Charity Commission remains tight-lipped on Ofcom's Institute of Economic Affairs ruling

The Charity Commission has declined to comment on whether it is considering any regulatory action against the Institute of Economic Affairs following a decision by the media regulator.

Ofcom this week cleared the LBC radio presenter James O’Brien of any wrongdoing after he claimed on air two years ago that the charitable think tank was a politically motivated lobbying organisation funded by “dark money”.

The IEA complained to the media regulator Ofcom that the radio station had made a series of inaccurate and unfair suggestions.

The charity’s aims include “promoting learning by means of research into economics and politics and to improve public understanding thereof”.

But O’Brien accused the charity of being a professional lobby group of “questionable provenance, with dubious ideas and validity”, and another guest described the charity as “politically biased” during a discussion on the funding of think tanks.

Ofcom cleared LBC of any wrongdoing in relation to the claims. 

In response to the ruling, the charity described it as a “nuisance” to deal with an “incompetent state regulator fanning the delusions of conspiracy theorists peddling smear campaigns”.

O’Brien had also urged newspapers to stop quoting from an organisation that is registered as “as an educational charity because they don’t reveal who funds them”.

According to its latest accounts up to the end of December 2019, its total income was just over £2m, half a million pound less than in the previous year. 

It reported a 23 per cent decrease in the number of donations in 2019 and its total expenditure of charitable activities was about £2.5m. 

A commission spokesperson said: “We are aware of the Ofcom ruling. We cannot comment further at this time.”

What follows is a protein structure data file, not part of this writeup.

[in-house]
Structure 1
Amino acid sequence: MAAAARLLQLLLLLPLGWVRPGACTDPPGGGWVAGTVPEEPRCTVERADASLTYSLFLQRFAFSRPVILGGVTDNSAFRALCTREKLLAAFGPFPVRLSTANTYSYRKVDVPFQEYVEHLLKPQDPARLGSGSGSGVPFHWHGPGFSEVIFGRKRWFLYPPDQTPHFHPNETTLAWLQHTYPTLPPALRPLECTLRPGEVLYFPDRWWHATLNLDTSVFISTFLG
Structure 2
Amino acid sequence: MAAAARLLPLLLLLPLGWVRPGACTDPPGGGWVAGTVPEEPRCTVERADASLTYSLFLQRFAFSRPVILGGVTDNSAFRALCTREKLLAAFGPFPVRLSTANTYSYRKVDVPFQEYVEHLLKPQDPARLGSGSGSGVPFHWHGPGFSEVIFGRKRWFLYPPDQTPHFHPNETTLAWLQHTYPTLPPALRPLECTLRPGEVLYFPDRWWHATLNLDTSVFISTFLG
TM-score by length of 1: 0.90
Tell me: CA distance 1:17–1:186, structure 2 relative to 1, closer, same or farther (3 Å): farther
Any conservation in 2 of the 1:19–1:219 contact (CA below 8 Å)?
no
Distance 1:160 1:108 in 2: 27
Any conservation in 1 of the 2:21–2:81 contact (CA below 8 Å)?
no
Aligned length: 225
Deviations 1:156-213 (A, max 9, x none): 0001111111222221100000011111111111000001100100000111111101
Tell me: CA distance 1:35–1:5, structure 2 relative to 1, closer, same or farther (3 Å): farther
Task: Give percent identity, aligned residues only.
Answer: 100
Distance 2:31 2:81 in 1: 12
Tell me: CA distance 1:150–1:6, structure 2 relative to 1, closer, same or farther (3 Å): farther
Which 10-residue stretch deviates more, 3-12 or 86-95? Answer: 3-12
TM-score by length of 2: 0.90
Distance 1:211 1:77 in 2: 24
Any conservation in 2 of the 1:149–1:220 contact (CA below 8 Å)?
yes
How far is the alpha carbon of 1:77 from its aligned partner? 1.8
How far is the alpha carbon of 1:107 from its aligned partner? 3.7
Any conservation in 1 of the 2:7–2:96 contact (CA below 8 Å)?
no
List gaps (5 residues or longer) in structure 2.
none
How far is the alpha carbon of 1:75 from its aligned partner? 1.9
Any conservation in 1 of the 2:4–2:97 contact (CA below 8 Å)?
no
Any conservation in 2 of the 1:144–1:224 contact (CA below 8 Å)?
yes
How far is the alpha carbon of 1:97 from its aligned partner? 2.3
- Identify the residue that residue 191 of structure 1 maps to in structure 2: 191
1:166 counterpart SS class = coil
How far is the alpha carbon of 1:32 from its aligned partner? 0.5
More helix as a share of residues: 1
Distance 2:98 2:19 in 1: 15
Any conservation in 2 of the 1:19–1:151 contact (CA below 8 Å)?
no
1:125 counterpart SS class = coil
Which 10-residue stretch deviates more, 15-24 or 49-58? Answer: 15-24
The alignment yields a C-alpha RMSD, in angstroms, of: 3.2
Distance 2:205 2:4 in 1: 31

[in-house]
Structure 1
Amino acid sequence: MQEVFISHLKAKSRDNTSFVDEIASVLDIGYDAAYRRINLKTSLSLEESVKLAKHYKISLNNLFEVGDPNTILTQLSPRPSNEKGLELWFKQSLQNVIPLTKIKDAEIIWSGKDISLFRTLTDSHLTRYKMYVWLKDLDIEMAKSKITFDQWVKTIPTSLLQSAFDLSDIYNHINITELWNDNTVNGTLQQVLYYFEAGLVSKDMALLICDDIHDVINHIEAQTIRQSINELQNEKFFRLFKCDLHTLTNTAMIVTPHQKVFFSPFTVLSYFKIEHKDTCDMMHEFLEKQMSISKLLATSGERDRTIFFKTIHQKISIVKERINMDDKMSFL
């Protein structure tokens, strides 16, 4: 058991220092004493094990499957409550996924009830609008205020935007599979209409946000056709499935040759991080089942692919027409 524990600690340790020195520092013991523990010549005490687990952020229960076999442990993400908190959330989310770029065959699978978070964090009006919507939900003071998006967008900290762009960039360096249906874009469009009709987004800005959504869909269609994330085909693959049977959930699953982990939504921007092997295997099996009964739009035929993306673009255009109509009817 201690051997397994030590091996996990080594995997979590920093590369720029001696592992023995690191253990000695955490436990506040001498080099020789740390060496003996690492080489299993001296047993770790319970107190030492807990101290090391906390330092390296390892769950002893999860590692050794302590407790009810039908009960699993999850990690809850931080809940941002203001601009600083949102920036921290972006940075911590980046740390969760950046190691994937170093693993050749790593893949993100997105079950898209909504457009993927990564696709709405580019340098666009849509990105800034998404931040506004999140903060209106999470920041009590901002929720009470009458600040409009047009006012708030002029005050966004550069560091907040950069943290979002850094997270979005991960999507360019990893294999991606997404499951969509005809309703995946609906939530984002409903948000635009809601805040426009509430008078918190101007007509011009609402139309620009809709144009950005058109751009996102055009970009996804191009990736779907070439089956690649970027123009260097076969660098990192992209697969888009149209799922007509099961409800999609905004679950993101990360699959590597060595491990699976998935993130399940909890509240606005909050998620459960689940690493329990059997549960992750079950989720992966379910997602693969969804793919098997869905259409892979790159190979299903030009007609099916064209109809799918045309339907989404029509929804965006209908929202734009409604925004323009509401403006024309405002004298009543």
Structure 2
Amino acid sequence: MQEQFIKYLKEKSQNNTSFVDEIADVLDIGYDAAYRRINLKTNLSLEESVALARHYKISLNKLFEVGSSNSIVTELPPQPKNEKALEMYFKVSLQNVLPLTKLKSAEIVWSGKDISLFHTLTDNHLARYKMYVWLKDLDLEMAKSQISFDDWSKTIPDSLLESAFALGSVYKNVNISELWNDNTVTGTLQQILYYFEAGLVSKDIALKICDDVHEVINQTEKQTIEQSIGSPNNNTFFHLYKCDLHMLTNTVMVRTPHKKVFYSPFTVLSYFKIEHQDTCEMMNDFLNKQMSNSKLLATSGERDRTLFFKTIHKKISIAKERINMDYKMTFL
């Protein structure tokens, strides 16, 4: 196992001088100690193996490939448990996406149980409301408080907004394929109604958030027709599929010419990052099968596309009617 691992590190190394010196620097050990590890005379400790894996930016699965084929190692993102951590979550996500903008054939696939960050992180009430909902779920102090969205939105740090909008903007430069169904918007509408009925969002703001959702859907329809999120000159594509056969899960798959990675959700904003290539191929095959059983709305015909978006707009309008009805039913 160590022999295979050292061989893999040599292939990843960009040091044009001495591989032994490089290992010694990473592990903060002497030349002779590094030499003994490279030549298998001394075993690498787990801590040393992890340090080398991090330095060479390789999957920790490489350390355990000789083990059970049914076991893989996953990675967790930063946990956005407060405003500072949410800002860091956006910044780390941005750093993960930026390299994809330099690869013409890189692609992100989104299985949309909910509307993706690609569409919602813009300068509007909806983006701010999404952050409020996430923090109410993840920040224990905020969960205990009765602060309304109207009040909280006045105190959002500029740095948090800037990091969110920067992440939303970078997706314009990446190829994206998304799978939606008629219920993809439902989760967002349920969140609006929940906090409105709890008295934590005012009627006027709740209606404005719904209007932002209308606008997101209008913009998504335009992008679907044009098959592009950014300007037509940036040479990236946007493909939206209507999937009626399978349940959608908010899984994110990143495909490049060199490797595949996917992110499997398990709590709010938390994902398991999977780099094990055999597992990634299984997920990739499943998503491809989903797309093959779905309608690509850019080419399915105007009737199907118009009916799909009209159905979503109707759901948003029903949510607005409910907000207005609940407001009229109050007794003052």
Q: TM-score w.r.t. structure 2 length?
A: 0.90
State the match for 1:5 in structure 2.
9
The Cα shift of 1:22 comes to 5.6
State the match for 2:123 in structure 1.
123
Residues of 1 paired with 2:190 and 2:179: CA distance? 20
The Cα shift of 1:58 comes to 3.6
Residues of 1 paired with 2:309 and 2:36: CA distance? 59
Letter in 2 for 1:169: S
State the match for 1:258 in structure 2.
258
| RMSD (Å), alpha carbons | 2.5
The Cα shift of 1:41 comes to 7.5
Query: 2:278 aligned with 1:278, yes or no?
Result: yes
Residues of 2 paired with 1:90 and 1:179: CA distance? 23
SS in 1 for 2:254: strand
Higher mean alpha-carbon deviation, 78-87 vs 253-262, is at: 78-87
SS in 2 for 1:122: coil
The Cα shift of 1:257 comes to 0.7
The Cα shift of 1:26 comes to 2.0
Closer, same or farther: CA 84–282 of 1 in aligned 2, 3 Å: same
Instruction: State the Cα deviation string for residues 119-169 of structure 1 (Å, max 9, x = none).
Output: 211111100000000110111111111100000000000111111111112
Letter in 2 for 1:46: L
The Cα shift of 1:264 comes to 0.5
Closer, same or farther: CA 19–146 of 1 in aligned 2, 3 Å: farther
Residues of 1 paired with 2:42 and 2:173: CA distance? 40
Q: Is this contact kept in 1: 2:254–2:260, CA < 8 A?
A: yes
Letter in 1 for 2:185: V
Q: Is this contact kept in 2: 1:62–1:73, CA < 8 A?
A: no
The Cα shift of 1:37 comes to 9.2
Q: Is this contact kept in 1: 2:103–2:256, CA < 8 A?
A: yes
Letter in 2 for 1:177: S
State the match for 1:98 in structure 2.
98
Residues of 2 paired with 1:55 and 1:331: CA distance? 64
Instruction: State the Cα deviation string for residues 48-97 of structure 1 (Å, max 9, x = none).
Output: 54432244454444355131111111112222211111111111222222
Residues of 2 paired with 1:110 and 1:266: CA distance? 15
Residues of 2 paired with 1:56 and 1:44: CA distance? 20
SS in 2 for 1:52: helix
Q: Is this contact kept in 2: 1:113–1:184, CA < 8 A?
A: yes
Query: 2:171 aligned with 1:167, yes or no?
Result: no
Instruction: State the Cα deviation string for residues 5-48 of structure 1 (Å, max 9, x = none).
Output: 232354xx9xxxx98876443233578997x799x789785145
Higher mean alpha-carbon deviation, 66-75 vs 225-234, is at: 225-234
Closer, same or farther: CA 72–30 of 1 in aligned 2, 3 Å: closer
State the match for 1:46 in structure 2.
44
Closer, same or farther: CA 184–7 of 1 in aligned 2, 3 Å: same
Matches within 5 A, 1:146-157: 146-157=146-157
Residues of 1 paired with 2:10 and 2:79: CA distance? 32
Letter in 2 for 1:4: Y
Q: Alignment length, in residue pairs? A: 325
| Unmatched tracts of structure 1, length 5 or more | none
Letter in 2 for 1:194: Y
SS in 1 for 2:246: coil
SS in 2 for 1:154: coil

Asked if the Ofcom decision could have any bearing on the IEA’s charitable status, a spokesperson for the think tank said: “This long-delayed Ofcom decision has no bearing on the IEA’s charitable status, which is not at risk from a broadcasting regulator’s ruling on our right to reply to a failed smear campaign in 2019.

“Our view was that if regulated broadcasters invite guests on to attack a charity, that charity should be contacted for comment. Ofcom disagrees. 

“It’s a bizarre decision, but one that has an upside for a more diverse and opinionated media landscape.”

The commission does not have the power to remove a charity’s legal status on the basis of concerns about the way a charity has been managed but instead examines matters through the lens of whether the charity’s trustees were complying with their legal duties and responsibilities. 

The regulator previously issued an official warning to the IEA in February 2019 over the publication of a report about Brexit.

The commission said it had concluded that contents of the report and an associated launch event "amounted to misconduct and mismanagement" by the charity’s trustees.

But the warning was withdrawn four months later after a review by one of the commission’s board members concluded that although it was correct to issue the warning, its handling of the case was "not as good as it should have been".

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